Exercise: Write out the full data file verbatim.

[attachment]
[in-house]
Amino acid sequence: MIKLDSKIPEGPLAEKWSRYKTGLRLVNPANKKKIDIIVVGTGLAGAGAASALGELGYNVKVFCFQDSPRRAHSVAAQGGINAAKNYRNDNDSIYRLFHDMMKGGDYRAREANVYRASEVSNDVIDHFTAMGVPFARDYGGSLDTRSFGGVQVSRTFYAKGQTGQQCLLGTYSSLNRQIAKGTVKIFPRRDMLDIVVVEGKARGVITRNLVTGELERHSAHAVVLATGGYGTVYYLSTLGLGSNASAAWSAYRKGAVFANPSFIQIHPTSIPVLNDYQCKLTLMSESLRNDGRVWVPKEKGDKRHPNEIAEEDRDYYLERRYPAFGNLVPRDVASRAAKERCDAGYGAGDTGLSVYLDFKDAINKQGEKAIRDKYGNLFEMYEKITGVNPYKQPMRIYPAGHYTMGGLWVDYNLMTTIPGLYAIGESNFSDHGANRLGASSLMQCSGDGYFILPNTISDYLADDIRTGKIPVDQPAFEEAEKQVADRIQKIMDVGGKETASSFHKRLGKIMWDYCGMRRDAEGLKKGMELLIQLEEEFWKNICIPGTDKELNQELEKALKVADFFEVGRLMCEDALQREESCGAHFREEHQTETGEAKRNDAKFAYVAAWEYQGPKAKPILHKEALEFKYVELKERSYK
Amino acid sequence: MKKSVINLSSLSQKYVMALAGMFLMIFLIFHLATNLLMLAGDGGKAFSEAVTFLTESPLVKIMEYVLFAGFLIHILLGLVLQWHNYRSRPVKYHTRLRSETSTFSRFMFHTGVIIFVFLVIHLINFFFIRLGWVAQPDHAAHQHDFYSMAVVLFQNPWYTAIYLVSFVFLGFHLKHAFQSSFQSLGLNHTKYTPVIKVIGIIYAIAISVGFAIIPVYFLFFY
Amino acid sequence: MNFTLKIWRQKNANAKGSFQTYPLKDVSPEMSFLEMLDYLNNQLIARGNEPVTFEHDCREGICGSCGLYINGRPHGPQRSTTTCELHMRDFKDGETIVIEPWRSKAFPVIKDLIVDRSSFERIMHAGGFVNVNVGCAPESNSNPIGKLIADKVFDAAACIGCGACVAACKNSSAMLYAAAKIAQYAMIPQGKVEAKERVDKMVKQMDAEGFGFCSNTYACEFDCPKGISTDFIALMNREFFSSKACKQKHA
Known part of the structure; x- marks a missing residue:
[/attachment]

[in-house]
Amino acid sequence: MIKLDSKIPEGPLAEKWSRYKTGLRLVNPANKKKIDIIVVGTGLAGAGAASALGELGYNVKVFCFQDSPRRAHSVAAQGGINAAKNYRNDNDSIYRLFHDMMKGGDYRAREANVYRASEVSNDVIDHFTAMGVPFARDYGGSLDTRSFGGVQVSRTFYAKGQTGQQCLLGTYSSLNRQIAKGTVKIFPRRDMLDIVVVEGKARGVITRNLVTGELERHSAHAVVLATGGYGTVYYLSTLGLGSNASAAWSAYRKGAVFANPSFIQIHPTSIPVLNDYQCKLTLMSESLRNDGRVWVPKEKGDKRHPNEIAEEDRDYYLERRYPAFGNLVPRDVASRAAKERCDAGYGAGDTGLSVYLDFKDAINKQGEKAIRDKYGNLFEMYEKITGVNPYKQPMRIYPAGHYTMGGLWVDYNLMTTIPGLYAIGESNFSDHGANRLGASSLMQCSGDGYFILPNTISDYLADDIRTGKIPVDQPAFEEAEKQVADRIQKIMDVGGKETASSFHKRLGKIMWDYCGMRRDAEGLKKGMELLIQLEEEFWKNICIPGTDKELNQELEKALKVADFFEVGRLMCEDALQREESCGAHFREEHQTETGEAKRNDAKFAYVAAWEYQGPKAKPILHKEALEFKYVELKERSYK
Amino acid sequence: MKKSVINLSSLSQKYVMALAGMFLMIFLIFHLATNLLMLAGDGGKAFSEAVTFLTESPLVKIMEYVLFAGFLIHILLGLVLQWHNYRSRPVKYHTRLRSETSTFSRFMFHTGVIIFVFLVIHLINFFFIRLGWVAQPDHAAHQHDFYSMAVVLFQNPWYTAIYLVSFVFLGFHLKHAFQSSFQSLGLNHTKYTPVIKVIGIIYAIAISVGFAIIPVYFLFFY
Amino acid sequence: MNFTLKIWRQKNANAKGSFQTYPLKDVSPEMSFLEMLDYLNNQLIARGNEPVTFEHDCREGICGSCGLYINGRPHGPQRSTTTCELHMRDFKDGETIVIEPWRSKAFPVIKDLIVDRSSFERIMHAGGFVNVNVGCAPESNSNPIGKLIADKVFDAAACIGCGACVAACKNSSAMLYAAAKIAQYAMIPQGKVEAKERVDKMVKQMDAEGFGFCSNTYACEFDCPKGISTDFIALMNREFFSSKACKQKHA
Known part of the structure; x- marks a missing residue: